Date of Conferral



Doctor of Public Health (DrPH)


Public Health


Vasileios Margaritis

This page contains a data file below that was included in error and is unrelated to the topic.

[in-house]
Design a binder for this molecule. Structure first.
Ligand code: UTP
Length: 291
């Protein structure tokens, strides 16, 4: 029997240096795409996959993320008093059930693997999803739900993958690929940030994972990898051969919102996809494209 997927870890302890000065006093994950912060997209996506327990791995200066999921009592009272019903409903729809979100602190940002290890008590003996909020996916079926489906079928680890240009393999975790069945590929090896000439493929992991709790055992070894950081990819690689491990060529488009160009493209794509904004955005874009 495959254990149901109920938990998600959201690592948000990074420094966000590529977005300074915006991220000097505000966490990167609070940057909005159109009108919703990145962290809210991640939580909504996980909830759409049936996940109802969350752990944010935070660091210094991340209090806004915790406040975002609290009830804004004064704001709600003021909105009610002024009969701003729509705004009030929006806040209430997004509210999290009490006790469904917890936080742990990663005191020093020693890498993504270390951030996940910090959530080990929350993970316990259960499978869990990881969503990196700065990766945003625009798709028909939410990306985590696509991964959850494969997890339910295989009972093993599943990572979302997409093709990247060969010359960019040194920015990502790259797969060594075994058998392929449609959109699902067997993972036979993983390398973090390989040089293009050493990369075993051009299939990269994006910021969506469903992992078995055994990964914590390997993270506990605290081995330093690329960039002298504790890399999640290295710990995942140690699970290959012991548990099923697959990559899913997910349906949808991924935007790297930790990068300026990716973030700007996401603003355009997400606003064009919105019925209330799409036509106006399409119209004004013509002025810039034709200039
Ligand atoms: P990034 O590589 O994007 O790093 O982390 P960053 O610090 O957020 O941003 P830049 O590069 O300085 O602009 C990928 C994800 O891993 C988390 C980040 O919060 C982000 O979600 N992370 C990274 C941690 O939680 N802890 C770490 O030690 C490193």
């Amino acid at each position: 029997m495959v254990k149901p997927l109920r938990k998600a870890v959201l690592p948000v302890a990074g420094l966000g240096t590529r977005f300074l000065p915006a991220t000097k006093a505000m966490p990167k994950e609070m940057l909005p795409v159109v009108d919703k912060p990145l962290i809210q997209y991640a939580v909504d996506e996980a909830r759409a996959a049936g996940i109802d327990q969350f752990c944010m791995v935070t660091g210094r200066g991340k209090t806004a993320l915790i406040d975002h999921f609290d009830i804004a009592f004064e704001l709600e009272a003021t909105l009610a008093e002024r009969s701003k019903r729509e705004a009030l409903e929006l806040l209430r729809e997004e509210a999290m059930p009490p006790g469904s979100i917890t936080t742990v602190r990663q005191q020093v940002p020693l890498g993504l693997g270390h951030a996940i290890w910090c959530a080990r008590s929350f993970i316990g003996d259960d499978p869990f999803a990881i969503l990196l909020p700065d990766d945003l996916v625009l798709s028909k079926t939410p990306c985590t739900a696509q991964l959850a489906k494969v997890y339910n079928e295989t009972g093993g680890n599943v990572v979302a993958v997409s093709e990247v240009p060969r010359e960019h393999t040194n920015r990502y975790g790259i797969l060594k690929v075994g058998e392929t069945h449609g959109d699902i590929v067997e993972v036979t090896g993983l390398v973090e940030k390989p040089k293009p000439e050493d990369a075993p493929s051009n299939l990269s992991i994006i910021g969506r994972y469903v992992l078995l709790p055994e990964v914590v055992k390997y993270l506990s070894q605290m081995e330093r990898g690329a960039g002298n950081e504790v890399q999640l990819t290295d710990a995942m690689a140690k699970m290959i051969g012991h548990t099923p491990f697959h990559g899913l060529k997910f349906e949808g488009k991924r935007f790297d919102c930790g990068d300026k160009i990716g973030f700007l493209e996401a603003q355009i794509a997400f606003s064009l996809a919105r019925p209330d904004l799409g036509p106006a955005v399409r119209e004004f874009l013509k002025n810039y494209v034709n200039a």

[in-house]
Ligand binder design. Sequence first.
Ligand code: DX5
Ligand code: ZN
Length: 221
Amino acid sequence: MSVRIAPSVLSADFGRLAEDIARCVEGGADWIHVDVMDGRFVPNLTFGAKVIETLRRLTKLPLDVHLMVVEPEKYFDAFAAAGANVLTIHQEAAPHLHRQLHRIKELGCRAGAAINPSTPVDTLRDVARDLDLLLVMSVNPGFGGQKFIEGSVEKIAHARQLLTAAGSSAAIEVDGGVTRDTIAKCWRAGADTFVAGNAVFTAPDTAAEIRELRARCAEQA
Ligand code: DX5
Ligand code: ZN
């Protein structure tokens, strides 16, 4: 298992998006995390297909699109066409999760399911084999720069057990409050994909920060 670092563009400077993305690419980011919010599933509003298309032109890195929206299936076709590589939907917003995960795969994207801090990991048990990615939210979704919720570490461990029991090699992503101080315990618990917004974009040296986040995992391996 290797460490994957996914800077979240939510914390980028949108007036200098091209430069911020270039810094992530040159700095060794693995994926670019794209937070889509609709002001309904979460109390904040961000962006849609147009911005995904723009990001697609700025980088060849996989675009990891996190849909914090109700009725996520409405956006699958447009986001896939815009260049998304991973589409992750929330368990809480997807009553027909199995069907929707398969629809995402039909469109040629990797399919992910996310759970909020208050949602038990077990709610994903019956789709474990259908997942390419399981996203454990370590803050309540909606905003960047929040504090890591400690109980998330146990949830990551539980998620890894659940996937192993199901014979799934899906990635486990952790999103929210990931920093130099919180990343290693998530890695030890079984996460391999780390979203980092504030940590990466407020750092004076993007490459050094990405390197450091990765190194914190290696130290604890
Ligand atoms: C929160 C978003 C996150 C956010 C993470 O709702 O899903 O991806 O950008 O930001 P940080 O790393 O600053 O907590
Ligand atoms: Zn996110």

Sexual minorities (lesbians, gays, and bisexuals) have a greater risk for substance abuse and mental illness than sexual majorities (heterosexuals). Associations between substance abuse and mental illness among sexual minority adults have not been widely studied. The purpose of this quantitative cross-sectional study was to use the 2015 National Survey on Drug Use and Health data from the Substance Abuse and Mental Health Administration to study the association of substance abuse (alcohol; hard drugs such as heroin, cocaine, methamphetamine; and hallucinogens), prescribed drugs (pain relievers, tranquilizers, sedatives, stimulants, psychotherapeutic, and inhalants, as well as marijuana) and mental illness (no past year, mild, moderate, and severe in the past year) among sexual minority adults ages 18 and older in the United States. Confounding factors that may influence these associations were controlled. The theoretical framework for this study was Meyer's minority stress model. The sample was 43,561 adults. Chi-square and logistic regression analyses were performed to estimate odds for mental illness by drug type. Findings showed that higher odds of mental illness were significantly associated with prescribed drugs and marijuana abuse (OR: 3.48, 95% CI:1.66, 7.29) among gays/lesbians, and with alcohol abuse among bisexuals (OR: 2.31, 95% CI: 1.62, 3.29). Positive social change resulting from this study may include increased knowledge of associations between substance abuse and mental illness among sexual minority adults and guidance for public health interventions to improve sexual minorities' access to early substance abuse and mental health prevention and treatment.